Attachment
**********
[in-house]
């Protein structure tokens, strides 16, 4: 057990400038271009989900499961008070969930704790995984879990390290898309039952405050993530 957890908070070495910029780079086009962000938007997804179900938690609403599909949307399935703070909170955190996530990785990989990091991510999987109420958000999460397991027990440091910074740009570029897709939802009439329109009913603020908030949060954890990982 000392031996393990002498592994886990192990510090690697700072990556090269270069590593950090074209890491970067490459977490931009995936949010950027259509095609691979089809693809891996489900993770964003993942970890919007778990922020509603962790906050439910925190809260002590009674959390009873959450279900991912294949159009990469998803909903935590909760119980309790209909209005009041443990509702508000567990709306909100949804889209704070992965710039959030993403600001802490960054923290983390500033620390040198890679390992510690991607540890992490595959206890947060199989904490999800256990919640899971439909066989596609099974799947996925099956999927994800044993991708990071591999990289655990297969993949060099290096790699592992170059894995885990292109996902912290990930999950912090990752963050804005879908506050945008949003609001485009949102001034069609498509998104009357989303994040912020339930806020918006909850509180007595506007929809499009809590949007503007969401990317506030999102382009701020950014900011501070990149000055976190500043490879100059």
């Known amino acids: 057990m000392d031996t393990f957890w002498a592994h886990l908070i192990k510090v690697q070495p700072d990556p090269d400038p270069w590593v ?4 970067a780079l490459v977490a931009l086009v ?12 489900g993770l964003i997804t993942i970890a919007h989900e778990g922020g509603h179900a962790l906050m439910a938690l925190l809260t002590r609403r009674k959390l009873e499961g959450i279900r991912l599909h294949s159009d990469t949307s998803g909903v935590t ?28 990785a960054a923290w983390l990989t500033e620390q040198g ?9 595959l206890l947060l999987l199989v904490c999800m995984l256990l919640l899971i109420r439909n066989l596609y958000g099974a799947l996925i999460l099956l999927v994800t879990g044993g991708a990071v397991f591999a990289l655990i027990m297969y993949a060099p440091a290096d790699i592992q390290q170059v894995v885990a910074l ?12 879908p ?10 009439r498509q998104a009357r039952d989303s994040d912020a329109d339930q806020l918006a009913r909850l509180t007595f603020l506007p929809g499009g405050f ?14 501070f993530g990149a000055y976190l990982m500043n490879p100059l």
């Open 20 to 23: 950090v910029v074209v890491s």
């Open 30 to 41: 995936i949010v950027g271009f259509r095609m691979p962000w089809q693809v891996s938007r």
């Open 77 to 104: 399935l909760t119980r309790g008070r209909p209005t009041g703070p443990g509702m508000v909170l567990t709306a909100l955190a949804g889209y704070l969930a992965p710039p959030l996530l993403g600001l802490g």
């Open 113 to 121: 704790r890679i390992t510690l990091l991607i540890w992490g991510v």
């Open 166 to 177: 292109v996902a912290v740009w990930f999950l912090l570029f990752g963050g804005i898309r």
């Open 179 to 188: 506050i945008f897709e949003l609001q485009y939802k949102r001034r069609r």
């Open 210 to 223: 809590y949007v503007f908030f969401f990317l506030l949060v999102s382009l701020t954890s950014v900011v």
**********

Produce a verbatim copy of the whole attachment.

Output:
[in-house]
């Protein structure tokens, strides 16, 4: 057990400038271009989900499961008070969930704790995984879990390290898309039952405050993530 957890908070070495910029780079086009962000938007997804179900938690609403599909949307399935703070909170955190996530990785990989990091991510999987109420958000999460397991027990440091910074740009570029897709939802009439329109009913603020908030949060954890990982 000392031996393990002498592994886990192990510090690697700072990556090269270069590593950090074209890491970067490459977490931009995936949010950027259509095609691979089809693809891996489900993770964003993942970890919007778990922020509603962790906050439910925190809260002590009674959390009873959450279900991912294949159009990469998803909903935590909760119980309790209909209005009041443990509702508000567990709306909100949804889209704070992965710039959030993403600001802490960054923290983390500033620390040198890679390992510690991607540890992490595959206890947060199989904490999800256990919640899971439909066989596609099974799947996925099956999927994800044993991708990071591999990289655990297969993949060099290096790699592992170059894995885990292109996902912290990930999950912090990752963050804005879908506050945008949003609001485009949102001034069609498509998104009357989303994040912020339930806020918006909850509180007595506007929809499009809590949007503007969401990317506030999102382009701020950014900011501070990149000055976190500043490879100059």
């Known amino acids: 057990m000392d031996t393990f957890w002498a592994h886990l908070i192990k510090v690697q070495p700072d990556p090269d400038p270069w590593v ?4 970067a780079l490459v977490a931009l086009v ?12 489900g993770l964003i997804t993942i970890a919007h989900e778990g922020g509603h179900a962790l906050m439910a938690l925190l809260t002590r609403r009674k959390l009873e499961g959450i279900r991912l599909h294949s159009d990469t949307s998803g909903v935590t ?28 990785a960054a923290w983390l990989t500033e620390q040198g ?9 595959l206890l947060l999987l199989v904490c999800m995984l256990l919640l899971i109420r439909n066989l596609y958000g099974a799947l996925i999460l099956l999927v994800t879990g044993g991708a990071v397991f591999a990289l655990i027990m297969y993949a060099p440091a290096d790699i592992q390290q170059v894995v885990a910074l ?12 879908p ?10 009439r498509q998104a009357r039952d989303s994040d912020a329109d339930q806020l918006a009913r909850l509180t007595f603020l506007p929809g499009g405050f ?14 501070f993530g990149a000055y976190l990982m500043n490879p100059l």
């Open 20 to 23: 950090v910029v074209v890491s």
């Open 30 to 41: 995936i949010v950027g271009f259509r095609m691979p962000w089809q693809v891996s938007r």
């Open 77 to 104: 399935l909760t119980r309790g008070r209909p209005t009041g703070p443990g509702m508000v909170l567990t709306a909100l955190a949804g889209y704070l969930a992965p710039p959030l996530l993403g600001l802490g």
């Open 113 to 121: 704790r890679i390992t510690l990091l991607i540890w992490g991510v």
């Open 166 to 177: 292109v996902a912290v740009w990930f999950l912090l570029f990752g963050g804005i898309r």
């Open 179 to 188: 506050i945008f897709e949003l609001q485009y939802k949102r001034r069609r």
């Open 210 to 223: 809590y949007v503007f908030f969401f990317l506030l949060v999102s382009l701020t954890s950014v900011v």